Numerous underground markets readily offer IoT botnets for hire. It's conceivable that these markets will soon start offering botnets made up of high-wattage devices. Even if the prices for these botnets end up being a hundred times more expensive than regular botnets, there is still enough profit in energy market manipulation for adversaries, Shekari said. The researchers have not been able to test their model in a real-life situation. But simulations with real-world data from load-sensitive markets such as New York and California confirm that such attacks are possible, he said.

One potential measure against such manipulation is for energy industry stakeholders — including major manufacturers of high-wattage devices — to develop a database for monitoring the real-time behavior of devices so it is easier to spot when they are being manipulated. Limiting price sensitivity in real-time energy markets can also make it harder for an adversary to manipulate demand without being noticed, Shekari said.

Related Content:

Jai Vijayan is a seasoned technology reporter with over 20 years of experience in IT trade journalism. He was most recently a Senior Editor at Computerworld, where he covered information security and data privacy issues for the publication. Over the course of his 20-year ... View Full Bio
 

Recommended Reading:

Comment  | 
Print  | 
More Insights
Comments
Newest First  |  Oldest First  |  Threaded View
COVID-19: Latest Security News & Commentary
Dark Reading Staff 9/25/2020
Google Cloud Debuts Threat-Detection Service
Robert Lemos, Contributing Writer,  9/23/2020
Shopify's Employee Data Theft Underscores Risk of Rogue Insiders
Kelly Sheridan, Staff Editor, Dark Reading,  9/23/2020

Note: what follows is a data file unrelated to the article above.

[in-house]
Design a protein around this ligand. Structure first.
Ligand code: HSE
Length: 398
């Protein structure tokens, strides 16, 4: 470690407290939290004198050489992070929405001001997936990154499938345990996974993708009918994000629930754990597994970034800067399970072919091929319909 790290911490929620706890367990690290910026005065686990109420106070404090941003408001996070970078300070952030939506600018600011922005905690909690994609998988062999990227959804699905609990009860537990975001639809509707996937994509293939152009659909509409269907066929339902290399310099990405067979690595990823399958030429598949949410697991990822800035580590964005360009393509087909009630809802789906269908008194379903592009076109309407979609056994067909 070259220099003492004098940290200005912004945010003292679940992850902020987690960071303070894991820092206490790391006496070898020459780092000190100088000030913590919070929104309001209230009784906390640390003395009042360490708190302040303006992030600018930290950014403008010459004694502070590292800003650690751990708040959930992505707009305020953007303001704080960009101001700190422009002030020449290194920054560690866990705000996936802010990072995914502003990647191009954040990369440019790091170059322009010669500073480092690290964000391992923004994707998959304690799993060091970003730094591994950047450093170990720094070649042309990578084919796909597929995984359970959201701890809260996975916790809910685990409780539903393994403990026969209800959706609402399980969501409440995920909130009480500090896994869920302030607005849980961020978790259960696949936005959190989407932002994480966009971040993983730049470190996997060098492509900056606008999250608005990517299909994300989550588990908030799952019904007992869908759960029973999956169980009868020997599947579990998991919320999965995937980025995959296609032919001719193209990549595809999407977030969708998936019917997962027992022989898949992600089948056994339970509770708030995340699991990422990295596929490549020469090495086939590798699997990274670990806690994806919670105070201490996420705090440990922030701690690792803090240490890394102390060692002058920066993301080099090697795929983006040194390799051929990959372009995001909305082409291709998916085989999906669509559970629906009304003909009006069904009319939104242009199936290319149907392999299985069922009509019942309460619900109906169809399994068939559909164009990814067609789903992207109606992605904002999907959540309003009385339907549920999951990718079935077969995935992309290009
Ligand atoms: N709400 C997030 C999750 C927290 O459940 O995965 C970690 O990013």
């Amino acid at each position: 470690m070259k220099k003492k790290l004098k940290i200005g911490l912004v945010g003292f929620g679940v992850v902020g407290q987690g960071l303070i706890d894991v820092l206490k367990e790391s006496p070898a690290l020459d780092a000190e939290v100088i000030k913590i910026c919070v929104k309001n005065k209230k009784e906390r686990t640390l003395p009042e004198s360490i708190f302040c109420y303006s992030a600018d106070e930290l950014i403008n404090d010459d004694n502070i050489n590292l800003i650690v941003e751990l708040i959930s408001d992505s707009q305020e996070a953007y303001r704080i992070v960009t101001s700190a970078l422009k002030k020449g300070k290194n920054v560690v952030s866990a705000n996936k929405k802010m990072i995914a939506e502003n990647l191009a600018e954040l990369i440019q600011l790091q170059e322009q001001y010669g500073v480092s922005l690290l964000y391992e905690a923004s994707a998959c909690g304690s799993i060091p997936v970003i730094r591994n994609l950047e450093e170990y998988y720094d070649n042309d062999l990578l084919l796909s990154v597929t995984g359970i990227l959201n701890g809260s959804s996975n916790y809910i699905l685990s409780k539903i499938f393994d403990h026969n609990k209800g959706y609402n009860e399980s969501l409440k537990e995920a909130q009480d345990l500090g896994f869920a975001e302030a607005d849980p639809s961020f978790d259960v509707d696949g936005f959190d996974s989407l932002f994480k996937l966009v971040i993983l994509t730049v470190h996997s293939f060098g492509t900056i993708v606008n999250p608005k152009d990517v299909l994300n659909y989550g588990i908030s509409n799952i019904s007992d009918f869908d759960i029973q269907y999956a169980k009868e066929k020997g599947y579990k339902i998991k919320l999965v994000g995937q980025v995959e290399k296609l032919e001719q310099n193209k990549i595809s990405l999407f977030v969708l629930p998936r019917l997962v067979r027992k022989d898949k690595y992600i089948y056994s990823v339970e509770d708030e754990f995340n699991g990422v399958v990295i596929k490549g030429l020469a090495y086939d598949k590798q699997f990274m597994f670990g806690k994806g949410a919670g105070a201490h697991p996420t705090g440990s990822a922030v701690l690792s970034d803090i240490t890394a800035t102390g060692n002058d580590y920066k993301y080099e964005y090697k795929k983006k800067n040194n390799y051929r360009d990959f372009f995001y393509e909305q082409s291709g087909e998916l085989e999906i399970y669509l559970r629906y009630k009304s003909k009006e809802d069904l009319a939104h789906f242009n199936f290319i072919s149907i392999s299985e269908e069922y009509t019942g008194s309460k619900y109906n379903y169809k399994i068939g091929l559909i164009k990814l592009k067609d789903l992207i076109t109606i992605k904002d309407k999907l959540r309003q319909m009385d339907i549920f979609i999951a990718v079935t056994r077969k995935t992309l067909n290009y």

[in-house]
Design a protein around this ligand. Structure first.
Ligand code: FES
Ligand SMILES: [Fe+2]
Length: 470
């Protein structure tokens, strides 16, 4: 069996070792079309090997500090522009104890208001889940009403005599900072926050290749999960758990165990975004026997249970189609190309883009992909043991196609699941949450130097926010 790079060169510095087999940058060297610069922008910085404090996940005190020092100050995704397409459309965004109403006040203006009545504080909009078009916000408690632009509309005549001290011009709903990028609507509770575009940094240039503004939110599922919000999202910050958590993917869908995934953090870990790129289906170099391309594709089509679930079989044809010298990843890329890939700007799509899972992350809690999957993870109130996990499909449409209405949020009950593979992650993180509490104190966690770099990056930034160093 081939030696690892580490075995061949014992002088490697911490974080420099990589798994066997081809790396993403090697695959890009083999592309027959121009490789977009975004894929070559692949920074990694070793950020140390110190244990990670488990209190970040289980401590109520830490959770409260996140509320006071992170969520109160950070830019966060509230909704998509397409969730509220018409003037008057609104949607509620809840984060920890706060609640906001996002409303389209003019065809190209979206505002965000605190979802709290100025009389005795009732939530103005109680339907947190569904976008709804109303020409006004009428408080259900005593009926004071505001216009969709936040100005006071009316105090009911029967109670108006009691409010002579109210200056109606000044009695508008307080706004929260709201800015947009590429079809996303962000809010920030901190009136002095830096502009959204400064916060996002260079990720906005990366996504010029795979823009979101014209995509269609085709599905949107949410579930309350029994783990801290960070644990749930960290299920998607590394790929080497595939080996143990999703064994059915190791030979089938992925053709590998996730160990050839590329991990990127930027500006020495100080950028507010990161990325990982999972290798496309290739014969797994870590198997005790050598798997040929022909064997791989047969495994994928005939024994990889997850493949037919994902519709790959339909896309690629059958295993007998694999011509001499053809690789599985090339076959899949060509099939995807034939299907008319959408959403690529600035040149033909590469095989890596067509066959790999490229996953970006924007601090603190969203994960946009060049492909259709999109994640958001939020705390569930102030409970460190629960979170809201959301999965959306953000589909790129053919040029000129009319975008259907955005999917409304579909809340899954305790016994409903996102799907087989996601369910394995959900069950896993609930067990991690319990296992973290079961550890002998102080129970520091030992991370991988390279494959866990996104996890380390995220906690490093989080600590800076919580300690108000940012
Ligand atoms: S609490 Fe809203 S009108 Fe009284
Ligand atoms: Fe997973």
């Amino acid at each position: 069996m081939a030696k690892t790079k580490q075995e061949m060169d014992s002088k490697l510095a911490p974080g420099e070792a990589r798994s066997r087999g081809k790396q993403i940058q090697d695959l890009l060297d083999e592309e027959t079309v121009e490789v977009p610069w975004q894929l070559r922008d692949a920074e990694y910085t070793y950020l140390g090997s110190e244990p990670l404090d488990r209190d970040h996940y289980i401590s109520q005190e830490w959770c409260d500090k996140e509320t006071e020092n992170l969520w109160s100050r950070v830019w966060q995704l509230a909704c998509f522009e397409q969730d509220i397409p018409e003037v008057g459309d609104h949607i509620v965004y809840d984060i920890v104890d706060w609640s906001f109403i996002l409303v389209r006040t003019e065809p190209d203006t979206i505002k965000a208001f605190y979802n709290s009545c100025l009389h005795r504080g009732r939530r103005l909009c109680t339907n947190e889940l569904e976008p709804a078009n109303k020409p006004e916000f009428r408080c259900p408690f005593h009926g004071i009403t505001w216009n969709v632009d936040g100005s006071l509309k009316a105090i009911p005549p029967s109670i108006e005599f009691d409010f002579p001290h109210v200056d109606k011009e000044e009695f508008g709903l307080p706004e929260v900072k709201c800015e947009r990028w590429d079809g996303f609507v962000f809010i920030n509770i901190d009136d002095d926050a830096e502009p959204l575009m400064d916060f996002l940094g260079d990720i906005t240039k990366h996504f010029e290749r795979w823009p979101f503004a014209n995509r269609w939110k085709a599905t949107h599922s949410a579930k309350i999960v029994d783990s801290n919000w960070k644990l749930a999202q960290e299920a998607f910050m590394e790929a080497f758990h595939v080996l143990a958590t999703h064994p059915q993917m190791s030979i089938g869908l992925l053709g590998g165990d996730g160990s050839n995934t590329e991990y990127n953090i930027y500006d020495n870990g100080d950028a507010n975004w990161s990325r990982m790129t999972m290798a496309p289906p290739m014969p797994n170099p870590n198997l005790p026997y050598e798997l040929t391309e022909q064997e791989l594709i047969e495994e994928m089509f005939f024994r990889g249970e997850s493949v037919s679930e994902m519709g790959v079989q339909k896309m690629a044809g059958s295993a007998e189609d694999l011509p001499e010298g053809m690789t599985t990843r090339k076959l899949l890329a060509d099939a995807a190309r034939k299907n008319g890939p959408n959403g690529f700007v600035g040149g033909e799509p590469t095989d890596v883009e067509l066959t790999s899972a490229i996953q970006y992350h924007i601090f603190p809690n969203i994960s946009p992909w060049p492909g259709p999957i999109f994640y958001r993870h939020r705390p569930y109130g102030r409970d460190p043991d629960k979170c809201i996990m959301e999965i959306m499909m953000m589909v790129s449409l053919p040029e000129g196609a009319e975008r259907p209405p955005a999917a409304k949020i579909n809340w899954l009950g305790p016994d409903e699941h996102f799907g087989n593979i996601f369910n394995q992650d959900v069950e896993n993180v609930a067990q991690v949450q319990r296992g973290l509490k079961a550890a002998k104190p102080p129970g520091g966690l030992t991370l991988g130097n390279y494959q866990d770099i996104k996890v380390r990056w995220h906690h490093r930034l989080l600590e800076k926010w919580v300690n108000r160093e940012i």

Register for Dark Reading Newsletters
White Papers
Video
Cartoon
Current Issue
Special Report: Computing's New Normal
This special report examines how IT security organizations have adapted to the "new normal" of computing and what the long-term effects will be. Read it and get a unique set of perspectives on issues ranging from new threats & vulnerabilities as a result of remote working to how enterprise security strategy will be affected long term.
Flash Poll
How IT Security Organizations are Attacking the Cybersecurity Problem
How IT Security Organizations are Attacking the Cybersecurity Problem
The COVID-19 pandemic turned the world -- and enterprise computing -- on end. Here's a look at how cybersecurity teams are retrenching their defense strategies, rebuilding their teams, and selecting new technologies to stop the oncoming rise of online attacks.
Twitter Feed
Dark Reading - Bug Report
Bug Report
Enterprise Vulnerabilities
From DHS/US-CERT's National Vulnerability Database
CVE-2020-26120
PUBLISHED: 2020-09-27
XSS exists in the MobileFrontend extension for MediaWiki before 1.34.4 because section.line is mishandled during regex section line replacement from PageGateway. Using crafted HTML, an attacker can elicit an XSS attack via jQuery's parseHTML method, which can cause image callbacks to fire even witho...
CVE-2020-26121
PUBLISHED: 2020-09-27
An issue was discovered in the FileImporter extension for MediaWiki before 1.34.4. An attacker can import a file even when the target page is protected against "page creation" and the attacker should not be able to create it. This occurs because of a mishandled distinction between an uploa...
CVE-2020-25812
PUBLISHED: 2020-09-27
An issue was discovered in MediaWiki 1.34.x before 1.34.4. On Special:Contributions, the NS filter uses unescaped messages as keys in the option key for an HTMLForm specifier. This is vulnerable to a mild XSS if one of those messages is changed to include raw HTML.
CVE-2020-25813
PUBLISHED: 2020-09-27
In MediaWiki before 1.31.10 and 1.32.x through 1.34.x before 1.34.4, Special:UserRights exposes the existence of hidden users.
CVE-2020-25814
PUBLISHED: 2020-09-27
In MediaWiki before 1.31.10 and 1.32.x through 1.34.x before 1.34.4, XSS related to jQuery can occur. The attacker creates a message with [javascript:payload xss] and turns it into a jQuery object with mw.message().parse(). The expected result is that the jQuery object does not contain an <a> ...